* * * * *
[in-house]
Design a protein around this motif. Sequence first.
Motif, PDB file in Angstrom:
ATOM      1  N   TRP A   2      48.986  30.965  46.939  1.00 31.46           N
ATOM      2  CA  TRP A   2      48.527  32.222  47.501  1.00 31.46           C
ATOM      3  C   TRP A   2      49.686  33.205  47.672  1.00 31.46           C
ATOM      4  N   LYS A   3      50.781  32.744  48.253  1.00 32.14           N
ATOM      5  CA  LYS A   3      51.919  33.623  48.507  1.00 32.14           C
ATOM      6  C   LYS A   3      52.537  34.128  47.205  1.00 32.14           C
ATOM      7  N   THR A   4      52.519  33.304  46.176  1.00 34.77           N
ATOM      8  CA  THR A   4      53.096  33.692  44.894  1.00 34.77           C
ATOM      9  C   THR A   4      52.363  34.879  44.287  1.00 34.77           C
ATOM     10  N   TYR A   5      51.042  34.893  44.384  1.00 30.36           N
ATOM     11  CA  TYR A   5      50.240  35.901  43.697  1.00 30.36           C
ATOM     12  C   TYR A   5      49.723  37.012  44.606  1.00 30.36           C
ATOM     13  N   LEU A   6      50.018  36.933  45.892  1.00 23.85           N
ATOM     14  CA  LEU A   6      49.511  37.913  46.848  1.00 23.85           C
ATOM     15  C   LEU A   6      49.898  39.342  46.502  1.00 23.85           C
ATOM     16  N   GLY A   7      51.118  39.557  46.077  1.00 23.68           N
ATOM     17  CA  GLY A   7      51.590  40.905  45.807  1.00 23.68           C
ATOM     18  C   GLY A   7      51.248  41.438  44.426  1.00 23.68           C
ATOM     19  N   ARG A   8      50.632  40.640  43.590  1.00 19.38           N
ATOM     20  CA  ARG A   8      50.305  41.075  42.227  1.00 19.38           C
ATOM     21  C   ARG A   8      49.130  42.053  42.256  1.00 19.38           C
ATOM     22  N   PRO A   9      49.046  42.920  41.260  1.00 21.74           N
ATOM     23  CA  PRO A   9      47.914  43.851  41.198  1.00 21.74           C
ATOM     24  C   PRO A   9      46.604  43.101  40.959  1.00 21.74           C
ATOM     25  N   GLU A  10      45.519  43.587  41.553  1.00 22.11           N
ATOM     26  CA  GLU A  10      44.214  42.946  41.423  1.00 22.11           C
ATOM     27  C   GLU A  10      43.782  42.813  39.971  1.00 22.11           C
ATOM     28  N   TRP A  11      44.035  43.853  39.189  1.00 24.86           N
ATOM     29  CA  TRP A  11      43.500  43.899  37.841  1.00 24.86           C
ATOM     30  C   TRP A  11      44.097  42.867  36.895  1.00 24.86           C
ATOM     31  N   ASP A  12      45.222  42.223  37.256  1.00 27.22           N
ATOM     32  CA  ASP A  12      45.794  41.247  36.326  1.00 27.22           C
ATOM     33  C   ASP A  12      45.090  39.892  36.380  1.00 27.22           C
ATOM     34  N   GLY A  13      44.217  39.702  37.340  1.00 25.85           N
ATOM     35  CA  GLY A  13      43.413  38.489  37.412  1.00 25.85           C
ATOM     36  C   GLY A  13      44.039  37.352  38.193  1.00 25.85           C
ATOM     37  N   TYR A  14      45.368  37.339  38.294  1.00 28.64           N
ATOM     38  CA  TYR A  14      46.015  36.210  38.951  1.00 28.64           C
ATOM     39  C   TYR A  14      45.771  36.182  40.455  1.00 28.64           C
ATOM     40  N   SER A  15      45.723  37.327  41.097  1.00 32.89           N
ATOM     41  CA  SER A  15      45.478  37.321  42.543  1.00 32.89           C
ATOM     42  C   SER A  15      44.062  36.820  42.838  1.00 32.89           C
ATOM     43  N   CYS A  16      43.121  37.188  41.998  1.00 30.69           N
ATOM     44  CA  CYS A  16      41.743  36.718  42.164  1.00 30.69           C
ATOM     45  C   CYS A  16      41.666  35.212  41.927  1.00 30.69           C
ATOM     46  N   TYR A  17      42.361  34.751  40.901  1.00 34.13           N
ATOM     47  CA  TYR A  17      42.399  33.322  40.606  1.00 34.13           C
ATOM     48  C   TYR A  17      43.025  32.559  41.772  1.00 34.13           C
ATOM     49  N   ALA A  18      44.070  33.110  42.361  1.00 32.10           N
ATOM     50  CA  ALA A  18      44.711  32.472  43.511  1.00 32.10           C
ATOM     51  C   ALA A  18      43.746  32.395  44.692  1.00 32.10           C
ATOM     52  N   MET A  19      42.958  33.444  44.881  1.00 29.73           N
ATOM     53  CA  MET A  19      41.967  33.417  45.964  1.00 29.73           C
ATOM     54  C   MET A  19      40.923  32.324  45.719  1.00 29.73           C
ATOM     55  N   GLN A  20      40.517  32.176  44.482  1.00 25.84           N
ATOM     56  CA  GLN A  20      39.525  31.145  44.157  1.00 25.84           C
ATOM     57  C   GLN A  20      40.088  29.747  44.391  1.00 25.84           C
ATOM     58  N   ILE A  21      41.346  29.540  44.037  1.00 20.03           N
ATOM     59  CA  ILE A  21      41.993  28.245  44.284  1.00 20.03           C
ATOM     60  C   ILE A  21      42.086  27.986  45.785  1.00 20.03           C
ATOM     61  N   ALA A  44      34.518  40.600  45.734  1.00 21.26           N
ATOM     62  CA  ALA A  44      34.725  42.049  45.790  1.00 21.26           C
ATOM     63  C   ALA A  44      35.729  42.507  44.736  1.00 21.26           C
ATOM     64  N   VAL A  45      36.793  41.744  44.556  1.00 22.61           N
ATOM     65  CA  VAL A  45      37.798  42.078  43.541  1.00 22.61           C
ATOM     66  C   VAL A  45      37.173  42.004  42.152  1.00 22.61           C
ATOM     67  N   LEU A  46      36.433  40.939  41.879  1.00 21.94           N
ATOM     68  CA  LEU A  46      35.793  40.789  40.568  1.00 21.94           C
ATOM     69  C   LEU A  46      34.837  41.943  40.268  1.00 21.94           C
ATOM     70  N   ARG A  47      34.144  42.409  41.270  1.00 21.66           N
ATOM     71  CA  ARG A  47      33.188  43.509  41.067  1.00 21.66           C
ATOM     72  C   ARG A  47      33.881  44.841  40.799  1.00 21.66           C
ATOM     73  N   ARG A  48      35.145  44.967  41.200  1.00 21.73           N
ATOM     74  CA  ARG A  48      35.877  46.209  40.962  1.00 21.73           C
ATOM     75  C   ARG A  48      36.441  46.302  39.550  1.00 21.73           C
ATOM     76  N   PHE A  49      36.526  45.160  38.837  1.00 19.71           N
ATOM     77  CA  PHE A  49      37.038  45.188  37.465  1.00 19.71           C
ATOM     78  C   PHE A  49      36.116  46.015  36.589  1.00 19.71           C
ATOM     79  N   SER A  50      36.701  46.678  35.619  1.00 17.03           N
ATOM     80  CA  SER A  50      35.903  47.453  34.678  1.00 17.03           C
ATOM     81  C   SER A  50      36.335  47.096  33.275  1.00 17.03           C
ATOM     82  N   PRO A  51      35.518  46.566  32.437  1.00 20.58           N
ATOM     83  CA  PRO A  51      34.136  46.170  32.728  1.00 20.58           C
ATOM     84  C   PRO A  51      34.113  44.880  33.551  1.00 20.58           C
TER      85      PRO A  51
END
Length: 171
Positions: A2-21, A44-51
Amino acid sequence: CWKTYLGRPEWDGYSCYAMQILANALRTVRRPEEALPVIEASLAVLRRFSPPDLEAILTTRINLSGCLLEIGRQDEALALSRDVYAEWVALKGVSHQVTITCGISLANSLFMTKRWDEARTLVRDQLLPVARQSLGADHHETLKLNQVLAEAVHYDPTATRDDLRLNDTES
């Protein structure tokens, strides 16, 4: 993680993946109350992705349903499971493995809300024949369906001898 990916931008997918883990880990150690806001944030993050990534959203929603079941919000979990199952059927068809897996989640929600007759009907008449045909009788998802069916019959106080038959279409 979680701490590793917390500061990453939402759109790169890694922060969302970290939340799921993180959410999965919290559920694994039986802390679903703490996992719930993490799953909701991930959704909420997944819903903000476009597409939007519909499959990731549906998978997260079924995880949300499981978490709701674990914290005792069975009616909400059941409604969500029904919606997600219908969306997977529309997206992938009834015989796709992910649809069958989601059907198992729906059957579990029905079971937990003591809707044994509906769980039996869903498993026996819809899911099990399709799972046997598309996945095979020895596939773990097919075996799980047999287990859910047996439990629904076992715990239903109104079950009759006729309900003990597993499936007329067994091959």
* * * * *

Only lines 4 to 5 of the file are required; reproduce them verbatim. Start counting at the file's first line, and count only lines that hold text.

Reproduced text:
ATOM      1  N   TRP A   2      48.986  30.965  46.939  1.00 31.46           N
ATOM      2  CA  TRP A   2      48.527  32.222  47.501  1.00 31.46           C